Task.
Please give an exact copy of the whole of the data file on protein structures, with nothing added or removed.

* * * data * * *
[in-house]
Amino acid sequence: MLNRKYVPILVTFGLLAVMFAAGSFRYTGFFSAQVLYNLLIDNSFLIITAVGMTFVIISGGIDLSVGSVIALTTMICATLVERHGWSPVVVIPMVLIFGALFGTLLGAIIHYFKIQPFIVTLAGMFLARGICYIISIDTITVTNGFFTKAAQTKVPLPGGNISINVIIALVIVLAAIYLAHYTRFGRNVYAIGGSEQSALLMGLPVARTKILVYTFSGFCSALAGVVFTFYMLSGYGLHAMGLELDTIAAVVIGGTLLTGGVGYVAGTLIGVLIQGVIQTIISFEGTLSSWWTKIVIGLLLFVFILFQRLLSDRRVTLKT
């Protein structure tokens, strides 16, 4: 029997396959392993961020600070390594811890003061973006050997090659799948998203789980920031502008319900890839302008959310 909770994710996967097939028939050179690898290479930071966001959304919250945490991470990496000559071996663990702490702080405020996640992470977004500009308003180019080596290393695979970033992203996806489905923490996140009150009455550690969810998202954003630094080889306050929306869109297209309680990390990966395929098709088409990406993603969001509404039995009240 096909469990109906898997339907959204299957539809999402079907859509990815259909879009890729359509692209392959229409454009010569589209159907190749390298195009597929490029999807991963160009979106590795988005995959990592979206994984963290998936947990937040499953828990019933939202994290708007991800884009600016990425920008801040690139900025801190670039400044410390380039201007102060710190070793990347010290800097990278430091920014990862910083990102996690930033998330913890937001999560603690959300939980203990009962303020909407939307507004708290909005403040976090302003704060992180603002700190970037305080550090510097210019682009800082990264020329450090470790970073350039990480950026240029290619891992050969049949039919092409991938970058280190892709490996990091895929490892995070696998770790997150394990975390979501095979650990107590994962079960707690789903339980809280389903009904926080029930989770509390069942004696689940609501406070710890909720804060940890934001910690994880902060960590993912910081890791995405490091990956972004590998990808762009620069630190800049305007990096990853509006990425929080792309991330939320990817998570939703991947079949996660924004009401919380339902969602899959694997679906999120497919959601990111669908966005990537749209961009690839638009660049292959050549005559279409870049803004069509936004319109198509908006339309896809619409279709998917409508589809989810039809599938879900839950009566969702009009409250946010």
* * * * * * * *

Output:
[in-house]
Amino acid sequence: MLNRKYVPILVTFGLLAVMFAAGSFRYTGFFSAQVLYNLLIDNSFLIITAVGMTFVIISGGIDLSVGSVIALTTMICATLVERHGWSPVVVIPMVLIFGALFGTLLGAIIHYFKIQPFIVTLAGMFLARGICYIISIDTITVTNGFFTKAAQTKVPLPGGNISINVIIALVIVLAAIYLAHYTRFGRNVYAIGGSEQSALLMGLPVARTKILVYTFSGFCSALAGVVFTFYMLSGYGLHAMGLELDTIAAVVIGGTLLTGGVGYVAGTLIGVLIQGVIQTIISFEGTLSSWWTKIVIGLLLFVFILFQRLLSDRRVTLKT
């Protein structure tokens, strides 16, 4: 029997396959392993961020600070390594811890003061973006050997090659799948998203789980920031502008319900890839302008959310 909770994710996967097939028939050179690898290479930071966001959304919250945490991470990496000559071996663990702490702080405020996640992470977004500009308003180019080596290393695979970033992203996806489905923490996140009150009455550690969810998202954003630094080889306050929306869109297209309680990390990966395929098709088409990406993603969001509404039995009240 096909469990109906898997339907959204299957539809999402079907859509990815259909879009890729359509692209392959229409454009010569589209159907190749390298195009597929490029999807991963160009979106590795988005995959990592979206994984963290998936947990937040499953828990019933939202994290708007991800884009600016990425920008801040690139900025801190670039400044410390380039201007102060710190070793990347010290800097990278430091920014990862910083990102996690930033998330913890937001999560603690959300939980203990009962303020909407939307507004708290909005403040976090302003704060992180603002700190970037305080550090510097210019682009800082990264020329450090470790970073350039990480950026240029290619891992050969049949039919092409991938970058280190892709490996990091895929490892995070696998770790997150394990975390979501095979650990107590994962079960707690789903339980809280389903009904926080029930989770509390069942004696689940609501406070710890909720804060940890934001910690994880902060960590993912910081890791995405490091990956972004590998990808762009620069630190800049305007990096990853509006990425929080792309991330939320990817998570939703991947079949996660924004009401919380339902969602899959694997679906999120497919959601990111669908966005990537749209961009690839638009660049292959050549005559279409870049803004069509936004319109198509908006339309896809619409279709998917409508589809989810039809599938879900839950009566969702009009409250946010």